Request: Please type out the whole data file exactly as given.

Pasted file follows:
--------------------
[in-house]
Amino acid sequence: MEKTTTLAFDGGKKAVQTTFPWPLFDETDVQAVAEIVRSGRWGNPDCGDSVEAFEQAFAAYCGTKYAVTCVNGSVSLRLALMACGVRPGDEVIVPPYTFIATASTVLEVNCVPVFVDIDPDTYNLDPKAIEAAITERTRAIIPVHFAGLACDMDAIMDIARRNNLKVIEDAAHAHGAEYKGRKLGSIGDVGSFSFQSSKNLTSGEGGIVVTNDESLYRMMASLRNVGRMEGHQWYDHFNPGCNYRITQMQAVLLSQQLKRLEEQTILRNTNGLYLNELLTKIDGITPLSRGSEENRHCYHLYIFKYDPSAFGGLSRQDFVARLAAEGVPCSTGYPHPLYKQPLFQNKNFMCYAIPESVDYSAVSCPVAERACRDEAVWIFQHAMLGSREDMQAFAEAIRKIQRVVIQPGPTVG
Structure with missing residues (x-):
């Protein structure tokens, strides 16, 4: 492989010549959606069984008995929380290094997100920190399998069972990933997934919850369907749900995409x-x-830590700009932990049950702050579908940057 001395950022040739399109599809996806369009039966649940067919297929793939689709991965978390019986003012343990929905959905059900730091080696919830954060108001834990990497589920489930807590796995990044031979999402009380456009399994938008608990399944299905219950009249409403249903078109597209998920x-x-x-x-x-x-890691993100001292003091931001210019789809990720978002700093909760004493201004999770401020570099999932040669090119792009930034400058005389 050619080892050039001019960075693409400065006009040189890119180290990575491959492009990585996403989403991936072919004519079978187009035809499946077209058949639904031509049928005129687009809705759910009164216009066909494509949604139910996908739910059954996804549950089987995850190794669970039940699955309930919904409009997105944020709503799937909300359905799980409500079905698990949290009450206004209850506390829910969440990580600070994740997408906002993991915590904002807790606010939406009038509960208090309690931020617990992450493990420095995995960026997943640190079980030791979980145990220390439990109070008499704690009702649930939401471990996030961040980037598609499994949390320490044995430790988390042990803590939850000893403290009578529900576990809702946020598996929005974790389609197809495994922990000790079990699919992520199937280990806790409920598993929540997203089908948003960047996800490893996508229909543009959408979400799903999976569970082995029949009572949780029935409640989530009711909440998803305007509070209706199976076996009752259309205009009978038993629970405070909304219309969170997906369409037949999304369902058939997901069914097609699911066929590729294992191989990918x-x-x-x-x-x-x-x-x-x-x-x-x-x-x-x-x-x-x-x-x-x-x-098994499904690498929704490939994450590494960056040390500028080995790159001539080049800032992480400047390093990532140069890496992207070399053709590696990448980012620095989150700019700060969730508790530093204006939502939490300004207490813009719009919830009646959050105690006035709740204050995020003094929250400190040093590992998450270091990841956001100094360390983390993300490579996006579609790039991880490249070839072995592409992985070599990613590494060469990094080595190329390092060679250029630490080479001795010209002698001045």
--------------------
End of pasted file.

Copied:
[in-house]
Amino acid sequence: MEKTTTLAFDGGKKAVQTTFPWPLFDETDVQAVAEIVRSGRWGNPDCGDSVEAFEQAFAAYCGTKYAVTCVNGSVSLRLALMACGVRPGDEVIVPPYTFIATASTVLEVNCVPVFVDIDPDTYNLDPKAIEAAITERTRAIIPVHFAGLACDMDAIMDIARRNNLKVIEDAAHAHGAEYKGRKLGSIGDVGSFSFQSSKNLTSGEGGIVVTNDESLYRMMASLRNVGRMEGHQWYDHFNPGCNYRITQMQAVLLSQQLKRLEEQTILRNTNGLYLNELLTKIDGITPLSRGSEENRHCYHLYIFKYDPSAFGGLSRQDFVARLAAEGVPCSTGYPHPLYKQPLFQNKNFMCYAIPESVDYSAVSCPVAERACRDEAVWIFQHAMLGSREDMQAFAEAIRKIQRVVIQPGPTVG
Structure with missing residues (x-):
């Protein structure tokens, strides 16, 4: 492989010549959606069984008995929380290094997100920190399998069972990933997934919850369907749900995409x-x-830590700009932990049950702050579908940057 001395950022040739399109599809996806369009039966649940067919297929793939689709991965978390019986003012343990929905959905059900730091080696919830954060108001834990990497589920489930807590796995990044031979999402009380456009399994938008608990399944299905219950009249409403249903078109597209998920x-x-x-x-x-x-890691993100001292003091931001210019789809990720978002700093909760004493201004999770401020570099999932040669090119792009930034400058005389 050619080892050039001019960075693409400065006009040189890119180290990575491959492009990585996403989403991936072919004519079978187009035809499946077209058949639904031509049928005129687009809705759910009164216009066909494509949604139910996908739910059954996804549950089987995850190794669970039940699955309930919904409009997105944020709503799937909300359905799980409500079905698990949290009450206004209850506390829910969440990580600070994740997408906002993991915590904002807790606010939406009038509960208090309690931020617990992450493990420095995995960026997943640190079980030791979980145990220390439990109070008499704690009702649930939401471990996030961040980037598609499994949390320490044995430790988390042990803590939850000893403290009578529900576990809702946020598996929005974790389609197809495994922990000790079990699919992520199937280990806790409920598993929540997203089908948003960047996800490893996508229909543009959408979400799903999976569970082995029949009572949780029935409640989530009711909440998803305007509070209706199976076996009752259309205009009978038993629970405070909304219309969170997906369409037949999304369902058939997901069914097609699911066929590729294992191989990918x-x-x-x-x-x-x-x-x-x-x-x-x-x-x-x-x-x-x-x-x-x-x-098994499904690498929704490939994450590494960056040390500028080995790159001539080049800032992480400047390093990532140069890496992207070399053709590696990448980012620095989150700019700060969730508790530093204006939502939490300004207490813009719009919830009646959050105690006035709740204050995020003094929250400190040093590992998450270091990841956001100094360390983390993300490579996006579609790039991880490249070839072995592409992985070599990613590494060469990094080595190329390092060679250029630490080479001795010209002698001045």